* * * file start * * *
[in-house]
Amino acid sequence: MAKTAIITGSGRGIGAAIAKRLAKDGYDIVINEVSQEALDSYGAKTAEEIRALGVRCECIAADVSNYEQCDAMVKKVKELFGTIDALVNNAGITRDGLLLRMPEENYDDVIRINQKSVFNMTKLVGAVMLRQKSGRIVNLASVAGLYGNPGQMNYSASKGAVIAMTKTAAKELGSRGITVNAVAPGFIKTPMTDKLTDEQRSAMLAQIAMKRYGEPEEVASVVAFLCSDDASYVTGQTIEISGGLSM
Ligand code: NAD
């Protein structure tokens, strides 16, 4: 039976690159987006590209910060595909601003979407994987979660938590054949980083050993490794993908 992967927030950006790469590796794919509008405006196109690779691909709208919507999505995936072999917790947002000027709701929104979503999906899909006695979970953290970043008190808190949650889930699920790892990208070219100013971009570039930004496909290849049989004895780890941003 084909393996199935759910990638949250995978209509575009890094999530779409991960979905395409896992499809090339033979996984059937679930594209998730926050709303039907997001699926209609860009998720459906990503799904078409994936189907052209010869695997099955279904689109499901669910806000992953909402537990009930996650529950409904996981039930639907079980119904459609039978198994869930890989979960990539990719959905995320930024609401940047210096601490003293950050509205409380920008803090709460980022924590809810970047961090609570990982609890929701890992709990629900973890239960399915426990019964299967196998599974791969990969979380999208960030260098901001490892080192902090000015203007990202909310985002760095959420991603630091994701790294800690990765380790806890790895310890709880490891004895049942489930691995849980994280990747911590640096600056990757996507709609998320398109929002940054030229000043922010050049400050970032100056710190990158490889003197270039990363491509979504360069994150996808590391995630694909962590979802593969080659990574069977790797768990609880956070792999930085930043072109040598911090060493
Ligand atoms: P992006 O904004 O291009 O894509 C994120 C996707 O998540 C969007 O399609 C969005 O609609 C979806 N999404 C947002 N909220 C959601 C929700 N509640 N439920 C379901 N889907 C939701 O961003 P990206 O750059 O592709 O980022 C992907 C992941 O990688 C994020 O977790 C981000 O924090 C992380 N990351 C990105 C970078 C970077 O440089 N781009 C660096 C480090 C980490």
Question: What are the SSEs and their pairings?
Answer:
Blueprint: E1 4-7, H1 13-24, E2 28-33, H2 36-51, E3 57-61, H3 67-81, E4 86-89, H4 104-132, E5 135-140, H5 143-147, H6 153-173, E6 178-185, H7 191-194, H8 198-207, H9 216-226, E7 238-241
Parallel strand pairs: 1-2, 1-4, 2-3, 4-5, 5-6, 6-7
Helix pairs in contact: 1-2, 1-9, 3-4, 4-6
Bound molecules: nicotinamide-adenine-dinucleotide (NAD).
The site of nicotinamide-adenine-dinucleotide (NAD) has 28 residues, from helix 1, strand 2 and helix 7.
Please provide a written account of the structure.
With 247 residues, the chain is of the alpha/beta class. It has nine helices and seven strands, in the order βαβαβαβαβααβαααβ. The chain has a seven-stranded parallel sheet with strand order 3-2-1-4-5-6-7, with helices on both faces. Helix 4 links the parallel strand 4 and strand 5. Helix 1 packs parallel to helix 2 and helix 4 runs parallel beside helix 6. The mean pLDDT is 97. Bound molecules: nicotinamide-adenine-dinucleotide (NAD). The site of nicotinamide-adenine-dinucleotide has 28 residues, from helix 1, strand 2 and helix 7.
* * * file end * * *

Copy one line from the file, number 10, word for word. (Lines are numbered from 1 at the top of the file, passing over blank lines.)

Helix pairs in contact: 1-2, 1-9, 3-4, 4-6